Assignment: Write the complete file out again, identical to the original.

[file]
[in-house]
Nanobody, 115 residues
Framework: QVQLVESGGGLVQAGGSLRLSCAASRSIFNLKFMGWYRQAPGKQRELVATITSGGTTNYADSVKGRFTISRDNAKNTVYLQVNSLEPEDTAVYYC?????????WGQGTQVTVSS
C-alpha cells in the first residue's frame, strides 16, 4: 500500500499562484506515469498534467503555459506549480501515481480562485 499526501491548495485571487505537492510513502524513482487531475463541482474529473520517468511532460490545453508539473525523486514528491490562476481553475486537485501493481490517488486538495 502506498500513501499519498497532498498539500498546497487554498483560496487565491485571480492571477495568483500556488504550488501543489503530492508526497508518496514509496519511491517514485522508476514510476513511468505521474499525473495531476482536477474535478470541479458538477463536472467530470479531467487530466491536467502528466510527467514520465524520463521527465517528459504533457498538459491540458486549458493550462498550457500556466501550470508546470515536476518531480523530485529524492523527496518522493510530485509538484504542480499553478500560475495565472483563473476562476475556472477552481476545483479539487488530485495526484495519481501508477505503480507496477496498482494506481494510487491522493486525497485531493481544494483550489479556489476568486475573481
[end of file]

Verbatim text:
[in-house]
Nanobody, 115 residues
Framework: QVQLVESGGGLVQAGGSLRLSCAASRSIFNLKFMGWYRQAPGKQRELVATITSGGTTNYADSVKGRFTISRDNAKNTVYLQVNSLEPEDTAVYYC?????????WGQGTQVTVSS
C-alpha cells in the first residue's frame, strides 16, 4: 500500500499562484506515469498534467503555459506549480501515481480562485 499526501491548495485571487505537492510513502524513482487531475463541482474529473520517468511532460490545453508539473525523486514528491490562476481553475486537485501493481490517488486538495 502506498500513501499519498497532498498539500498546497487554498483560496487565491485571480492571477495568483500556488504550488501543489503530492508526497508518496514509496519511491517514485522508476514510476513511468505521474499525473495531476482536477474535478470541479458538477463536472467530470479531467487530466491536467502528466510527467514520465524520463521527465517528459504533457498538459491540458486549458493550462498550457500556466501550470508546470515536476518531480523530485529524492523527496518522493510530485509538484504542480499553478500560475495565472483563473476562476475556472477552481476545483479539487488530485495526484495519481501508477505503480507496477496498482494506481494510487491522493486525497485531493481544494483550489479556489476568486475573481